Critics of the administration's handling of the Iraq crisis routinely include in their comments that Bush, at worst, lied about, and at best, exaggerated, the imminency of the threat that Iraq posed.
We, therefore, turn to a few pre-war quotations. At his February speech before the Security Council, Secretary of State Colin Powell remarked that "[t]he gravity of this moment is matched by the gravity of the threat that Iraq's weapons of mass destruction pose to the world. Let me now turn to those deadly weapons programs and describe why they are real and present dangers to the region and to the world."
In his State of the Union address, Bush stated that "America will not accept a serious and mounting threat to our country and our friends and our allies."
In October 2002, Bush stated that "the threat from Iraq stands alone because it gathers the most serious dangers of our age in one place. Iraq's weapons of mass destruction are controlled by a murderous tyrant [Hussein] who has already used chemical weapons to kill thousands of people"
On his own campaign website, Bush (or his surrogate) argues that Iraq posed an "imminent threat."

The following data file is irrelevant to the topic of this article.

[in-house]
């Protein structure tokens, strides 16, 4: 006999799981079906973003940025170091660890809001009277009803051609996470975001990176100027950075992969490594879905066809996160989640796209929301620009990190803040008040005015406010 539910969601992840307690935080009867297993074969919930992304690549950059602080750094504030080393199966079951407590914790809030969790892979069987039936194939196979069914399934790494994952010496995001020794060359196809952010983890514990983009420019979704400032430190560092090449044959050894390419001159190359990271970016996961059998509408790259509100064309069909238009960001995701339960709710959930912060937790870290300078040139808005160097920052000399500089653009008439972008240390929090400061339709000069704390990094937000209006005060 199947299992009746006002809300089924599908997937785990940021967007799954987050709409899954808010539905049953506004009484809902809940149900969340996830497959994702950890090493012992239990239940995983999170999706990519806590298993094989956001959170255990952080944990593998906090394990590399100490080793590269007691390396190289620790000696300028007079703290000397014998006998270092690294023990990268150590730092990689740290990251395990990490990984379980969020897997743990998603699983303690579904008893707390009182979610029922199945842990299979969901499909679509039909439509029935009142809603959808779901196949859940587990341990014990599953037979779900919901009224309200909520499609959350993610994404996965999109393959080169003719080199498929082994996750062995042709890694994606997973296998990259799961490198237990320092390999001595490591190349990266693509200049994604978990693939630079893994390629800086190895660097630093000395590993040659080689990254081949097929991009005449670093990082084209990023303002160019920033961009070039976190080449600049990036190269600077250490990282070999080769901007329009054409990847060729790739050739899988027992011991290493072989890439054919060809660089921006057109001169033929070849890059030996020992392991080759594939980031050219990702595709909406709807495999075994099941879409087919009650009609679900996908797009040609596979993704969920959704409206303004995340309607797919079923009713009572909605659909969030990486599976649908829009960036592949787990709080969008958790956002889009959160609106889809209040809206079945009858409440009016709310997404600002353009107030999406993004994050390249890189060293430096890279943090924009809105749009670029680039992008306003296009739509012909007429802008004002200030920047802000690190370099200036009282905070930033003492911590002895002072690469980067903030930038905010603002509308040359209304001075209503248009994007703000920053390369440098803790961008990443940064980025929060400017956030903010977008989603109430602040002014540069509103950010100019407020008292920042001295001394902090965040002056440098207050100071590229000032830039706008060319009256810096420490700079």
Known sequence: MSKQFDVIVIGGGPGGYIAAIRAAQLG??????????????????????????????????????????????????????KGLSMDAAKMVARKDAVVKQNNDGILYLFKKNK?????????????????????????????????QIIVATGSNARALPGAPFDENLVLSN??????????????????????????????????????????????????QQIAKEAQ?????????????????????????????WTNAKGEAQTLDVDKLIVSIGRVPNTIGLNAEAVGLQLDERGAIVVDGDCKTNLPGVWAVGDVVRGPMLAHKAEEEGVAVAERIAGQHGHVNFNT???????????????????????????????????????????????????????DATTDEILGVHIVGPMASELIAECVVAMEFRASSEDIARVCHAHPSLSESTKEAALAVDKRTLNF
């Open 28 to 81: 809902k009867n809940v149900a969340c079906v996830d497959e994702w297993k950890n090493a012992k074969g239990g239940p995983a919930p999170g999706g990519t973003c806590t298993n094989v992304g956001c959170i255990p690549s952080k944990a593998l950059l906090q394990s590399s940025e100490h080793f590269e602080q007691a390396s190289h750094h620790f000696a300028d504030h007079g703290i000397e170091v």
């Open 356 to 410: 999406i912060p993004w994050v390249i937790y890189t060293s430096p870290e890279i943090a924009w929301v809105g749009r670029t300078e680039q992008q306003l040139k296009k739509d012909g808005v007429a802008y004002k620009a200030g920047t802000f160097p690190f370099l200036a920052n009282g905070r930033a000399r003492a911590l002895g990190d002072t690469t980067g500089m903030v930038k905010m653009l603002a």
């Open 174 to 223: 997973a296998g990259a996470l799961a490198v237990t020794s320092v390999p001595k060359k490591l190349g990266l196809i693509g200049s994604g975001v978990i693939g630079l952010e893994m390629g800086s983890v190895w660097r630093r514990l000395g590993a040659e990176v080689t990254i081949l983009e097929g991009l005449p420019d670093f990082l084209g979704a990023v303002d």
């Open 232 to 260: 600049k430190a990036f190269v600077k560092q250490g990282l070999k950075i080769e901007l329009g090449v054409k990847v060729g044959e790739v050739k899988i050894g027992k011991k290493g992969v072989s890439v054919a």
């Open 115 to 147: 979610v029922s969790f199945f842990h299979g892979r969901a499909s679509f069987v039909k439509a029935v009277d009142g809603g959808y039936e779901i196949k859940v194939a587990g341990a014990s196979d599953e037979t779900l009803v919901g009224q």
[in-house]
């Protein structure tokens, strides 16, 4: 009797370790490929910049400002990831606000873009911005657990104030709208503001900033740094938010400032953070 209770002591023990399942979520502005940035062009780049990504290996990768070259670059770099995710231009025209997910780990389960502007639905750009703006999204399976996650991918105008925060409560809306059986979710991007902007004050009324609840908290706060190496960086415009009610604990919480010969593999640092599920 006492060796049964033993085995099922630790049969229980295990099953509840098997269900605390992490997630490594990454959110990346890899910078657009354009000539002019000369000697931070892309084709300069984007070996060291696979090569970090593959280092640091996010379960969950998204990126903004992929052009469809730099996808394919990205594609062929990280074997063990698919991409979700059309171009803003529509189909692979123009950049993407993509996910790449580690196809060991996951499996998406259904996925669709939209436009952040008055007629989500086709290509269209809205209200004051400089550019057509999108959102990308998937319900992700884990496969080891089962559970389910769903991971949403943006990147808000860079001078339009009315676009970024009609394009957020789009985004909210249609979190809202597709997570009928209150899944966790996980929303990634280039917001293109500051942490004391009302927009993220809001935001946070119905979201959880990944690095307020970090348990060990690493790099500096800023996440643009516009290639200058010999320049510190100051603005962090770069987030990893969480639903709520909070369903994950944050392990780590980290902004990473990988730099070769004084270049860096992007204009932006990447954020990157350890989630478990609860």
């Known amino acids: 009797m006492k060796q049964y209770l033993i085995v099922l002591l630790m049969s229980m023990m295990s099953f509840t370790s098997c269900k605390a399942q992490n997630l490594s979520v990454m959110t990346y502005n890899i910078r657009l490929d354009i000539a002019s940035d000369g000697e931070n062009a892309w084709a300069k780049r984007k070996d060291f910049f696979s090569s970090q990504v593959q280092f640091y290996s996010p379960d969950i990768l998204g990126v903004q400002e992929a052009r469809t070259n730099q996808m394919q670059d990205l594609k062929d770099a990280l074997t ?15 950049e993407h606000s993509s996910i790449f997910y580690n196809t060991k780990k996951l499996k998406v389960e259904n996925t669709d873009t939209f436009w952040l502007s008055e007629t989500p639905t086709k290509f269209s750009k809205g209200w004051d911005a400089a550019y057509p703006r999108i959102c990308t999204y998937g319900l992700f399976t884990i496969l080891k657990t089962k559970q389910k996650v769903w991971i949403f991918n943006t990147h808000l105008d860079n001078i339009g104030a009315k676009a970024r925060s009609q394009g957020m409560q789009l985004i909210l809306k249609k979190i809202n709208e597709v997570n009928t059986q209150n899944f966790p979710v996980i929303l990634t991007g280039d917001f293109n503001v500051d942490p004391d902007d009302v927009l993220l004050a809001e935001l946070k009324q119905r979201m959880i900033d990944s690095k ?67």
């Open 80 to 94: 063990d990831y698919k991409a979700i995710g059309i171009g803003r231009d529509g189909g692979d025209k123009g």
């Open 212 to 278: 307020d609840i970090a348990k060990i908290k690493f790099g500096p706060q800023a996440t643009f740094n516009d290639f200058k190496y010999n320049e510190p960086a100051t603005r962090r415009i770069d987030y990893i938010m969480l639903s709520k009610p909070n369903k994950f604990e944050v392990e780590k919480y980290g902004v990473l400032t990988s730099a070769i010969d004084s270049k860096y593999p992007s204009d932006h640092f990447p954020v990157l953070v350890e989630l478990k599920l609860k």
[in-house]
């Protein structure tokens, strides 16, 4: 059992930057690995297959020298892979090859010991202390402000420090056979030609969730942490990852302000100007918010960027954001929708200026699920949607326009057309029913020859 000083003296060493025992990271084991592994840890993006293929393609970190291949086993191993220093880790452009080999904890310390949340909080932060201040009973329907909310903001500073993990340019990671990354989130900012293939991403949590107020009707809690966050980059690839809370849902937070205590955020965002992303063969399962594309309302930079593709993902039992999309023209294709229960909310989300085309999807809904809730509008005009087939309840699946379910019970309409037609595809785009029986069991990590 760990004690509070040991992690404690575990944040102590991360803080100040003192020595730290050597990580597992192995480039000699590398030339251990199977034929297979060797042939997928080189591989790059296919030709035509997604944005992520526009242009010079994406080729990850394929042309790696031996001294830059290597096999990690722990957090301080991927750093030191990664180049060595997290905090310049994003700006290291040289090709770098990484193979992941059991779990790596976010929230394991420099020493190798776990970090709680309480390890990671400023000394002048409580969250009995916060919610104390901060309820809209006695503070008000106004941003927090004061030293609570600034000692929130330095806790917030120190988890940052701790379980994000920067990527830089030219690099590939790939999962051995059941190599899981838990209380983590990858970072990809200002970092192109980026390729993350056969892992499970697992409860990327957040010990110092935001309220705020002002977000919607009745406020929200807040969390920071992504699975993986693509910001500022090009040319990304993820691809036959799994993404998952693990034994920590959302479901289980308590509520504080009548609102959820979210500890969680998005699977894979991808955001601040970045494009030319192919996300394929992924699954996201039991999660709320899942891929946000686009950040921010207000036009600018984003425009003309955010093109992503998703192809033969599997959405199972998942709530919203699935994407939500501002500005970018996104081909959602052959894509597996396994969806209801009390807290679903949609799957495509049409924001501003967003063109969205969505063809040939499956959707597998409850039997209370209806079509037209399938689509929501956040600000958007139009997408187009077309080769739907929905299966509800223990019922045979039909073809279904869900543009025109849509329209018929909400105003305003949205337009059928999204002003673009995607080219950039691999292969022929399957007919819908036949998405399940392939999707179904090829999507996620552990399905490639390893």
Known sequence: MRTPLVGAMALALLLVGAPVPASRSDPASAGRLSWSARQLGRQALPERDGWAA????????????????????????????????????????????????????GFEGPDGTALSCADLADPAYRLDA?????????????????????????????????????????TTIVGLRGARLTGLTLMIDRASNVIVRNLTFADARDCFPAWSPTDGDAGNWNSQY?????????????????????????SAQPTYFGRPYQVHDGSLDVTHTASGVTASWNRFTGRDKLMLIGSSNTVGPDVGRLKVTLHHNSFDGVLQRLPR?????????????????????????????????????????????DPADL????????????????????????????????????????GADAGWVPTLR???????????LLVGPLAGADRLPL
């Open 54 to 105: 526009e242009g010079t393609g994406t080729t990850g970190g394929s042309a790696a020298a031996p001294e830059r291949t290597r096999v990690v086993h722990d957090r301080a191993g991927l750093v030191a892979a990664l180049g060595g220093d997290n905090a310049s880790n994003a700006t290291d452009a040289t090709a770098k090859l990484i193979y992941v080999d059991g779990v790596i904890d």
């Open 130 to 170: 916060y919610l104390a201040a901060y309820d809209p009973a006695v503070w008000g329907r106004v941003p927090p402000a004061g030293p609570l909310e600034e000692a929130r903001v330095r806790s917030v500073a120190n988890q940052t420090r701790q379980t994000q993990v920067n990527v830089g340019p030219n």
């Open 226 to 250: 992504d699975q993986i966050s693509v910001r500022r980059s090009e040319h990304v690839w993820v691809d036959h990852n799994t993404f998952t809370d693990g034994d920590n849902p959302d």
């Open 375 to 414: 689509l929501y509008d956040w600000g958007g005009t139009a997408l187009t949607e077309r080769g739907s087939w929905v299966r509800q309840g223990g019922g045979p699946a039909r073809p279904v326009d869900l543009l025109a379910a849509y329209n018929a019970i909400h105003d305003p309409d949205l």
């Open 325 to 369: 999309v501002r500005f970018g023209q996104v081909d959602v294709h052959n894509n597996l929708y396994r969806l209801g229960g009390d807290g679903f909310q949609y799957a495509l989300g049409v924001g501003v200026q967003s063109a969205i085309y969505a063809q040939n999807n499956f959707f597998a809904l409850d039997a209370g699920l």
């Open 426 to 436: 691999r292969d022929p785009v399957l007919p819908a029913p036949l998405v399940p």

Reports in the Guardian reveal that the administration was mindful not to specifically refer to Hussein's threat as "imminent", so euphamisms were used: "Writing to the chairman of the joint intelligence committee, John Scarlett, and to Tony Blair's chief spin doctor Alastair Campbell, Mr Powell cautioned against claiming there was any evidence that Saddam was an imminent threat. "'We will need to make it clear in launching the document that we do not claim we have evidence that he [Saddam Hussein] is an imminent threat,' Mr Powell wrote on September 17. "A week later, on September 24, the dossier was published - with a foreward describing Saddam Hussein as presenting a "serious and current threat". In November 2002, Rumsfeld pondered the meaning of "imminent". "Was the attack then an imminent threat two, three, or six months before? When did the attack on September 11th become an imminent threat, when was it sufficiently dangerous? Now transport yourself forward ... if Saddam Hussein were to take his weapons of mass destruction and transfer them, or use them himself, or transfer them to the al Qaeda, and some of the al Qaeda were to engage in an attack on the United States or on U.S. forces overseas with weapons of mass destruction, when is it such an immediate threat that you must do something?" Rumsfeld again: "Now, at what moment was the threat to -- for September 11th imminent? Was it imminent a week before, a month before, a year before, an hour before? Was it imminent before you could -- while you could still stop it, or was it imminent only after it started and you couldn't stop it, or you could stop one of the three planes instead of two or all three? These are very tough questions." Wolfowitz in 2002: Another question that I’m often asked, is “why act now, why not wait until the threat is imminent?” Again, it seems to me this question has a fairly simple answer. It was expressed very clearly by Senator Joseph Lieberman in the Rose Garden, the day the original Joint Resolution on the Use of Force was introduced. He said, “I have felt for more than a decade now that every additional day that Saddam Hussein is in power in Iraq is an additional day of danger for the Iraqi people, for his neighbors in the region, particularly for the people in the military of the United States, and indeed, for the people of the world.” Condoleeza Rice: The Iraqi regime's violation of every condition set forth by the U.N. Security Council for the 1991 cease-fire fully justifies -- legally and morally -- the enforcement of those conditions. It is also true that since 9/11, our nation is properly focused as never before on preventing attacks against us before they happen. ...some threats are so potentially catastrophic -- and can arrive with so little warning, by means that are untraceable -- that they cannot be contained. Extremists who seem to view suicide as a sacrament are unlikely to ever be deterred. And new technology requires new thinking about when a threat actually becomes "imminent." So as a matter of common sense, the United States must be prepared to take action, when necessary, before threats have fully materialized." Of course the administration argued that Hussein's threat was imminent, in that it was "at hand", "menacing", "perilous." Obviously the word "imminent" can be interpreted many ways. No war critic is arguing that the Bushies made it seem as if the threat was so great as to be unavoidable, but Bush and his crew repeatedly called the Hussein threat an imminent one, whether they used that actual adjective or other, similar ones.